After a few loud blasts, it only took a few seconds for the 10-story landmark Macy's building on Main Street to be reduced to rubble Sunday morning.
"Just pure nostalgia," spectator Vincent McCracken said. "I'm absolutely a little saddened by the fact that the Macy's is disappearing. Just one of those buildings that had been around for so long."
A small fire broke out during the demolition Sunday morning. A contractor told Eyewitness News the unexpected flames were triggered by some asphalt on the building's roof and the situation was quickly handled. In addition to blocking off streets, city crews also covered drains across a nine-square-block area due to the intense dust. Crews told us they expected to have the immediate area cleaned up by Monday morning.
As dust from the demolition spread across downtown, hundreds of people watched. Many reminisced over how the old Macy's building opened up as Foley's back in 1947, and how the former department store's decorative holiday windows attracted families over the years, among other things.
Edward Griffin's company owns and manages buildings nearby. He remembers visiting Foley's as a little boy.
"You know, it's funny. What I remember most is the escalators in the center of the building," he said. "And you could go up and up and up forever on the escalators, and I thought, 'Gosh, you could just keep on going forever.' So, it's funny what you remember as a kid: the escalators."
The building had a rich history and was a marvel right from the beginning.
When it opened in 1947 to a crowd of 200,000 people, Newsweek called the building "the most radical and practical store in America."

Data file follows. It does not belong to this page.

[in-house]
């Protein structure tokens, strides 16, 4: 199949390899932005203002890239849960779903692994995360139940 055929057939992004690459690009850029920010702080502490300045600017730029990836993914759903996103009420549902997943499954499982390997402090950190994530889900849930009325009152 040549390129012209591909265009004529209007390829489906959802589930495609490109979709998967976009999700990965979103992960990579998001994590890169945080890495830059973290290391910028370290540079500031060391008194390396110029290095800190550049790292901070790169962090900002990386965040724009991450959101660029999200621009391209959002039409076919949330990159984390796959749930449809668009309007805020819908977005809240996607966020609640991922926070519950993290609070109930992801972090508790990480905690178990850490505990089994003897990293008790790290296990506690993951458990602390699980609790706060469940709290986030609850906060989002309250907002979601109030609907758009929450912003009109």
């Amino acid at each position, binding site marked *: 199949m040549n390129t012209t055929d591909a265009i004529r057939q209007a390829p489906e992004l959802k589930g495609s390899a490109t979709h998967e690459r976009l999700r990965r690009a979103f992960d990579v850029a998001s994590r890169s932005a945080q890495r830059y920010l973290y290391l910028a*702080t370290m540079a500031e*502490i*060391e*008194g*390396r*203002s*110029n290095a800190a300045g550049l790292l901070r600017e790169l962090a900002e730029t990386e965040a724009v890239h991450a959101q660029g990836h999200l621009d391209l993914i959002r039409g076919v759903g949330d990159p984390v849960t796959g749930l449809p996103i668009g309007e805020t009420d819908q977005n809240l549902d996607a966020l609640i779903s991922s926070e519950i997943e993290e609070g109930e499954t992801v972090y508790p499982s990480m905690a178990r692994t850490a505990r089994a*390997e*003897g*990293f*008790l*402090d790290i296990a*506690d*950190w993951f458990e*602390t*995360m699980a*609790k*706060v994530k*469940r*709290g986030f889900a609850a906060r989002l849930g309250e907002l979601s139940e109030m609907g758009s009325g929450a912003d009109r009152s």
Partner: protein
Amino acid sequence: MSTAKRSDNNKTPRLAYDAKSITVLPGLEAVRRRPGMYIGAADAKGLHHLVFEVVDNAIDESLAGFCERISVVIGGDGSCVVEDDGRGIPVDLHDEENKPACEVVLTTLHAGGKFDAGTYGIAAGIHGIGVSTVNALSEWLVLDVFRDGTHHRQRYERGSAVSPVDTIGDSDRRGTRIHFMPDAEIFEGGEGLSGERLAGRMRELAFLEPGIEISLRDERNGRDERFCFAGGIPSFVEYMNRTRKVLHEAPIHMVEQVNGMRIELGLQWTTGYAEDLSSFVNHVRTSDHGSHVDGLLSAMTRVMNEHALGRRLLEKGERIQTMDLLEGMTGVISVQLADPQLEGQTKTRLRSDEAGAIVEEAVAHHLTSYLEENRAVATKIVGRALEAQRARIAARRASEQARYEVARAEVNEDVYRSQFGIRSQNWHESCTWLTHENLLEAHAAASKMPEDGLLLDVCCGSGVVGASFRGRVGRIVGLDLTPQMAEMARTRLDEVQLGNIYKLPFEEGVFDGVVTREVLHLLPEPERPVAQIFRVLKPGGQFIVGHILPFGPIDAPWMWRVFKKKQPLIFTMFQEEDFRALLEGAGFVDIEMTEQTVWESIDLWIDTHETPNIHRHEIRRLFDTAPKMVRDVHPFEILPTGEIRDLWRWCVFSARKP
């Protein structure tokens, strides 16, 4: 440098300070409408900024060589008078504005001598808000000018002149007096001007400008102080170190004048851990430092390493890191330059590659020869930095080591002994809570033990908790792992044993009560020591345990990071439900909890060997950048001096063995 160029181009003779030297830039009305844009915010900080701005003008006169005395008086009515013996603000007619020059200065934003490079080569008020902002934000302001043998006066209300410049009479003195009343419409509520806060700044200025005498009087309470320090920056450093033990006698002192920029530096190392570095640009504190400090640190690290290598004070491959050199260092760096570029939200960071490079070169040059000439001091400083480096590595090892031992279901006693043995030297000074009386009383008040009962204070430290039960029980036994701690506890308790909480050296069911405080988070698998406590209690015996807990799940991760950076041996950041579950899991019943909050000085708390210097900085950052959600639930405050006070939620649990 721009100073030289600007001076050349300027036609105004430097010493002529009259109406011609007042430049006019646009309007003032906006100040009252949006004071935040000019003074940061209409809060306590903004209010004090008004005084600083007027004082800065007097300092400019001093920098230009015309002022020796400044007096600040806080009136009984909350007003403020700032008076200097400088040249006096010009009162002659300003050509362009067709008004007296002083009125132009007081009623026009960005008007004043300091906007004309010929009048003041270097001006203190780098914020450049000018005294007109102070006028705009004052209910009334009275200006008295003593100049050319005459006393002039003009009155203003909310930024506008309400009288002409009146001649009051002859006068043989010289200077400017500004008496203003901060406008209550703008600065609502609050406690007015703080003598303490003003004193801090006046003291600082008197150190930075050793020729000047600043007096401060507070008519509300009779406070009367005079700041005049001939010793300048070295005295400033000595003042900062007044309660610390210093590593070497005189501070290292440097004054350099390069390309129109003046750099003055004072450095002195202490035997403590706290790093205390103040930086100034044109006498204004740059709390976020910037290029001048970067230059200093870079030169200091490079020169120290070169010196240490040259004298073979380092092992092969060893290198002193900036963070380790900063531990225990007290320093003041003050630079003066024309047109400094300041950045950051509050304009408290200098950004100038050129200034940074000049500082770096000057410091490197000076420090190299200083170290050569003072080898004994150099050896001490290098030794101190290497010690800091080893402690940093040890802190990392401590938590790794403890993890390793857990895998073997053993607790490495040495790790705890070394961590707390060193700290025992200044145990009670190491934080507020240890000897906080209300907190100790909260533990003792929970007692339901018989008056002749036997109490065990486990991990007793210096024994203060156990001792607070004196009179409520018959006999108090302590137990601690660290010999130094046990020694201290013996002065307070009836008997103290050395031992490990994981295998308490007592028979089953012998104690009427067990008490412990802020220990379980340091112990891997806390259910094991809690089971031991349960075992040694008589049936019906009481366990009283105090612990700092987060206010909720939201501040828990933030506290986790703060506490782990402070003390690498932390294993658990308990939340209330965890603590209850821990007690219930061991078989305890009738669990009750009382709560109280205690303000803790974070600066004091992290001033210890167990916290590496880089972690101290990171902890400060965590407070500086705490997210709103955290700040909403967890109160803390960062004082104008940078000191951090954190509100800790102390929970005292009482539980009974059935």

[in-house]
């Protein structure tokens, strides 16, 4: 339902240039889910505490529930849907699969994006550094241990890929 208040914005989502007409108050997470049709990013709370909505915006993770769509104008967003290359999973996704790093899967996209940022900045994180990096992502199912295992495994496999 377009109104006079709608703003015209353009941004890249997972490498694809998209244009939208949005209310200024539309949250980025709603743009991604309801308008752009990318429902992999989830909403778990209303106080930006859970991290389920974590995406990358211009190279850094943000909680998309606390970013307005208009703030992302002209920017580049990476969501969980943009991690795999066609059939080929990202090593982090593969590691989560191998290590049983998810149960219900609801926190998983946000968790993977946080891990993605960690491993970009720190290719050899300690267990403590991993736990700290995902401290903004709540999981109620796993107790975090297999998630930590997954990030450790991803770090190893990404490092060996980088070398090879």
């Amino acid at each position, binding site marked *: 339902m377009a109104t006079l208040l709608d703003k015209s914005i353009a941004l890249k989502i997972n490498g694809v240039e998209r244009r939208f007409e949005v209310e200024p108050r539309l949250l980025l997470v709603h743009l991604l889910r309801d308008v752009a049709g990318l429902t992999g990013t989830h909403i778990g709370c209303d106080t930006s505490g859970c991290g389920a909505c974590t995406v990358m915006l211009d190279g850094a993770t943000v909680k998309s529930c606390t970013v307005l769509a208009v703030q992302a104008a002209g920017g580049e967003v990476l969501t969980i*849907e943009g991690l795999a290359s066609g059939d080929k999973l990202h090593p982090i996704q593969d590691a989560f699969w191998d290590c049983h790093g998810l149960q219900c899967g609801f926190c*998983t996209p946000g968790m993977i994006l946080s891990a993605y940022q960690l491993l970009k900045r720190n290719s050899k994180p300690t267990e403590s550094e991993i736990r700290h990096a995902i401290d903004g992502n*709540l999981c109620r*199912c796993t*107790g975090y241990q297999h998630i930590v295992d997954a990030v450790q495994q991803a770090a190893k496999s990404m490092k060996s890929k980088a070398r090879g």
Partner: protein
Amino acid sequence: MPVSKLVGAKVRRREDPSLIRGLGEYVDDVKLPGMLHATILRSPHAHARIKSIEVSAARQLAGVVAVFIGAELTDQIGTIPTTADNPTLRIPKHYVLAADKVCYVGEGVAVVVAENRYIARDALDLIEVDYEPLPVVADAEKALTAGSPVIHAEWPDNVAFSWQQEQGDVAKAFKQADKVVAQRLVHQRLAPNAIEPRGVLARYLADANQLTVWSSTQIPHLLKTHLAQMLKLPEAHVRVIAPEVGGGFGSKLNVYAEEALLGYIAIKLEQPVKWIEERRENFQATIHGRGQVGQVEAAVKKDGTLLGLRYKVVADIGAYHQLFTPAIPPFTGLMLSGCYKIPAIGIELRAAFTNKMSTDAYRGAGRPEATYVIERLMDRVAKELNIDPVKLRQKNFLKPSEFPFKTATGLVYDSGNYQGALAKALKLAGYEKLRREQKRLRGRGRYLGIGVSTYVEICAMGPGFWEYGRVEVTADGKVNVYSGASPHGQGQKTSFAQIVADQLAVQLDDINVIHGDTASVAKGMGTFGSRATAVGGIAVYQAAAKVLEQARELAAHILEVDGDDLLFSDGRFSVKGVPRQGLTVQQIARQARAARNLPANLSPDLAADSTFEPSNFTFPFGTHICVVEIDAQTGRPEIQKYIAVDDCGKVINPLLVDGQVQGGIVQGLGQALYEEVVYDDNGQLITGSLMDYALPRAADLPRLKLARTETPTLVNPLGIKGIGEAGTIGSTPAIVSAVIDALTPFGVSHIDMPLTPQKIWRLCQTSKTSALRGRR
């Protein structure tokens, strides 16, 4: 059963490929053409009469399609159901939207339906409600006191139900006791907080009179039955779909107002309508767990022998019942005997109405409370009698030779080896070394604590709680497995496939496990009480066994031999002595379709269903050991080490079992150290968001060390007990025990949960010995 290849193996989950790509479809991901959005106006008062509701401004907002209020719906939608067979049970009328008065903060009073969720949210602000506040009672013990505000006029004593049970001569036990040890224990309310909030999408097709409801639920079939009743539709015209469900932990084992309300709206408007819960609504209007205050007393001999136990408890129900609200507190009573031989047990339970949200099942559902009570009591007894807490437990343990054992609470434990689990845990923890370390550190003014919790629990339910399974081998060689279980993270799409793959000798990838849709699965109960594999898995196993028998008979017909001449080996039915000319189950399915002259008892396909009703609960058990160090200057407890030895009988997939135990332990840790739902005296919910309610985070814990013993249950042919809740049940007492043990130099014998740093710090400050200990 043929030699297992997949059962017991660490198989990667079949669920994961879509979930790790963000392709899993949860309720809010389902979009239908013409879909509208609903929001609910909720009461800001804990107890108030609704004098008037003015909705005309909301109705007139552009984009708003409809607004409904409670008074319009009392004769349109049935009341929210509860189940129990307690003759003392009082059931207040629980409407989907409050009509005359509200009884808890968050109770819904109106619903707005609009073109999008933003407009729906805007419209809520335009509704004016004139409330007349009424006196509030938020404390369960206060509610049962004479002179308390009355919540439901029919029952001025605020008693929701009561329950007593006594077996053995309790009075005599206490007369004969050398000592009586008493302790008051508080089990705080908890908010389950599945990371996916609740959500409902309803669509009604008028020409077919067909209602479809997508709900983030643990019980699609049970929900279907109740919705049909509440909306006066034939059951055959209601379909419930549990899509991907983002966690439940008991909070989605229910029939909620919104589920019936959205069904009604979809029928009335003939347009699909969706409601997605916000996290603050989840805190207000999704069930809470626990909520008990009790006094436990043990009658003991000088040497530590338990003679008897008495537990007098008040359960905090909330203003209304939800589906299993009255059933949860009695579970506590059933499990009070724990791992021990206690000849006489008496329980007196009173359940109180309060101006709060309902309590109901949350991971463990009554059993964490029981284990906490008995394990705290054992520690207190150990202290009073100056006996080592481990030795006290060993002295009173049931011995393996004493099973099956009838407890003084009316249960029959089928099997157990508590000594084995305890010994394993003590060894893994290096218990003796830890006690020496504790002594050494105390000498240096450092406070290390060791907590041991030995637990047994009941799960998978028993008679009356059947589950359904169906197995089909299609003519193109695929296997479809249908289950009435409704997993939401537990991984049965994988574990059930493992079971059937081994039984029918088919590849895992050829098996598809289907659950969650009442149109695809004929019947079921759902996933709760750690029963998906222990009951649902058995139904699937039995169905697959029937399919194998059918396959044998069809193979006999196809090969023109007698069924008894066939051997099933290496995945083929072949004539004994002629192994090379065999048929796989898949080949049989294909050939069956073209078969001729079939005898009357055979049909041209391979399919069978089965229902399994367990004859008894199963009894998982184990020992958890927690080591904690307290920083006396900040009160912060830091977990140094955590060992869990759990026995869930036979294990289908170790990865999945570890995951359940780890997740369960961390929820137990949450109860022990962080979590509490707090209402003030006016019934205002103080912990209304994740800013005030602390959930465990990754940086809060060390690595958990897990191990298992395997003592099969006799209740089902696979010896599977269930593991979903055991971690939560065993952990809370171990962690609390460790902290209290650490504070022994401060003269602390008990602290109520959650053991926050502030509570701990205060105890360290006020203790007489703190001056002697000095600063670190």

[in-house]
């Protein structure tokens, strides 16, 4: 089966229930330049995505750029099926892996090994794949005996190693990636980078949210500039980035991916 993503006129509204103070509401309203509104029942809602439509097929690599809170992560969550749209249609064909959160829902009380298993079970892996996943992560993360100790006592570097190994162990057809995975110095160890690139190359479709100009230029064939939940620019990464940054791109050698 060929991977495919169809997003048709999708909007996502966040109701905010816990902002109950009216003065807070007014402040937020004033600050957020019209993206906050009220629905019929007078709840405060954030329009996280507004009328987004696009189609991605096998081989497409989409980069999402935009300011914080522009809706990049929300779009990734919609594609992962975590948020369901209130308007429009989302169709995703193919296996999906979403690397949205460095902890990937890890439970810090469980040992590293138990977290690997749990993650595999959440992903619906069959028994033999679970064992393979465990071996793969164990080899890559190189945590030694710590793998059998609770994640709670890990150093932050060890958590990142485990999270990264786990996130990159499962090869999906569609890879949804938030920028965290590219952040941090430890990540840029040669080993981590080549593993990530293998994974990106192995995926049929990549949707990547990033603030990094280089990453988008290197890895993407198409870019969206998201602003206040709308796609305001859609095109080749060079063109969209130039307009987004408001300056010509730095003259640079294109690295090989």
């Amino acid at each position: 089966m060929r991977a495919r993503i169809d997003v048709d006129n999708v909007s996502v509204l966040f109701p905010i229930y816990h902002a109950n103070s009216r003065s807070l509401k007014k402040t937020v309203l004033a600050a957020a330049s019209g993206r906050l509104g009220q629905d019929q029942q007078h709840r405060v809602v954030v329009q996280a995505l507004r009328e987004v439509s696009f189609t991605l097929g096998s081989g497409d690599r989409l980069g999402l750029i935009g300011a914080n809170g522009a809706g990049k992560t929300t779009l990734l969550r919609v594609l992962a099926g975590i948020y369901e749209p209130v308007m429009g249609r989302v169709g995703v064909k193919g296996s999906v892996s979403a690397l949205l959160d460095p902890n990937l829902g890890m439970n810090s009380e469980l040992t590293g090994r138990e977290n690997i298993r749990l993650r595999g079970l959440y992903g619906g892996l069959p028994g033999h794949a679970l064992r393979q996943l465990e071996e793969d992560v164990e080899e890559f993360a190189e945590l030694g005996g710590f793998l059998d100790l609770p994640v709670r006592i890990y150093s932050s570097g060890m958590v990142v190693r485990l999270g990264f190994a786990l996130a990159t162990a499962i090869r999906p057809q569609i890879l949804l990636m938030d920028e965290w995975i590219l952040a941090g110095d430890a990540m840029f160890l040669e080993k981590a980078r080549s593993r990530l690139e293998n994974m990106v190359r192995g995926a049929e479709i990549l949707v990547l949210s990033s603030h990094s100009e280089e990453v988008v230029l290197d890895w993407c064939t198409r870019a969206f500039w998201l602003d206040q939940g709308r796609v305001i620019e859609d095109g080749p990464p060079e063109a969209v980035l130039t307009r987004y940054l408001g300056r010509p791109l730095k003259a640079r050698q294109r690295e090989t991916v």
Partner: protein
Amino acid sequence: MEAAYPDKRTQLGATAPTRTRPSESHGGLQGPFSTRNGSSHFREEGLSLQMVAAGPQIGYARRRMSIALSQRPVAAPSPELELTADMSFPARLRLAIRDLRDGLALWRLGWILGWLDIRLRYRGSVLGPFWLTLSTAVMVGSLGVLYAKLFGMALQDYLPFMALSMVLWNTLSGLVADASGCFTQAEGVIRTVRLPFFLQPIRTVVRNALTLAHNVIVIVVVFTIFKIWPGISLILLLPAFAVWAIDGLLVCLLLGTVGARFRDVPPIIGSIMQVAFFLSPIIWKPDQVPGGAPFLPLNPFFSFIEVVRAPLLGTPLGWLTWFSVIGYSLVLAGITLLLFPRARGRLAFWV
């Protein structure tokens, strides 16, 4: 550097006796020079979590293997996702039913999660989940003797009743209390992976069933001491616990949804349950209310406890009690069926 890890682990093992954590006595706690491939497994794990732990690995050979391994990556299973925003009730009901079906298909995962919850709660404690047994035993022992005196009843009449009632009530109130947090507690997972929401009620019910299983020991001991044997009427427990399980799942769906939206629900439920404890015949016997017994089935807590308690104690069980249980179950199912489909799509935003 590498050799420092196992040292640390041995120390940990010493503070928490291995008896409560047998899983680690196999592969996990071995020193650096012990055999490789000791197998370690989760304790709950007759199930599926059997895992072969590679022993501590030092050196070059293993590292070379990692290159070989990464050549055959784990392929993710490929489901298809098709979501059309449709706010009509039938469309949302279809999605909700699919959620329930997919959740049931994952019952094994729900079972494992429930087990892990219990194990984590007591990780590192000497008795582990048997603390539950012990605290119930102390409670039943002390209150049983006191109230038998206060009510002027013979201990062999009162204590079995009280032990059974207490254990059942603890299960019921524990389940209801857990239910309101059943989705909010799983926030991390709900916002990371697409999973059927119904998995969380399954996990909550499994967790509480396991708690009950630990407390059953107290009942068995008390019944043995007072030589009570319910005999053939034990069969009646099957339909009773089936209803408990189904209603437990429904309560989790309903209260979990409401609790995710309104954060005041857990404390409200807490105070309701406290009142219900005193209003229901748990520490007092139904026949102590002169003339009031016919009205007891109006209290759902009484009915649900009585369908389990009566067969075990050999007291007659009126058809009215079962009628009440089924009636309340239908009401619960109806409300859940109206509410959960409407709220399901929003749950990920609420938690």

In 1961, Foley's opened its first branch store in Sharpstown Mall. In 2006, the Foley's sign was removed and all stores were rebranded as Macy's. Then, in January, the company announced the store would close. More than a dozen other Houston-area Macy's locations were not affected.
With the downtown Macy's now a memory, you may be wondering what's next for that prime piece of real estate.
A new office building with retail space on the first floor is expected to be built on the site. There is no word on when the build will be completed. City leaders are hoping this centrally-located site will become part of a Dallas Street Retail Corridor downtown. After months of meetings and studies, the Downtown Retail Task Force announced an ambitious plan this week to turn Dallas Street between Milam and La Branch into a shopping corridor.
"It's a little bittersweet for me," implosion spectator Blake Whitfield said. "It's a little bit of nostalgia, but Houston's growing. Houston's changing and things don't always stay the same, so sometimes it's time for something better."
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